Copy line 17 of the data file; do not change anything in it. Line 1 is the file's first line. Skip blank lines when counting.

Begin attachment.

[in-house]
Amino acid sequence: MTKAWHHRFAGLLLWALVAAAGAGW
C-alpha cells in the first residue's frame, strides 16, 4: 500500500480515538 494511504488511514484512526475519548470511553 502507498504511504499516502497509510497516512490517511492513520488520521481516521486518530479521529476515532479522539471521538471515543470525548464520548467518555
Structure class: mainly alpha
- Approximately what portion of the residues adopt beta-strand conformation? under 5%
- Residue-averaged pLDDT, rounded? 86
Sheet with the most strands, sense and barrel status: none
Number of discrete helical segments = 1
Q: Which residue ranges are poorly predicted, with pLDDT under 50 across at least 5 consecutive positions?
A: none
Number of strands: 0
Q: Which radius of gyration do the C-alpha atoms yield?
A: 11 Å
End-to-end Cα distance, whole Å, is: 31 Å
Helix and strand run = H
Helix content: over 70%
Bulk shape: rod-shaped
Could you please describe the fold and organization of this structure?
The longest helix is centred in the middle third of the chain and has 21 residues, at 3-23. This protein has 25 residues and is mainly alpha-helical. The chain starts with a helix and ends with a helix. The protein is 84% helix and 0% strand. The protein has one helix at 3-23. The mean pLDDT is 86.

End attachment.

Bulk shape: rod-shaped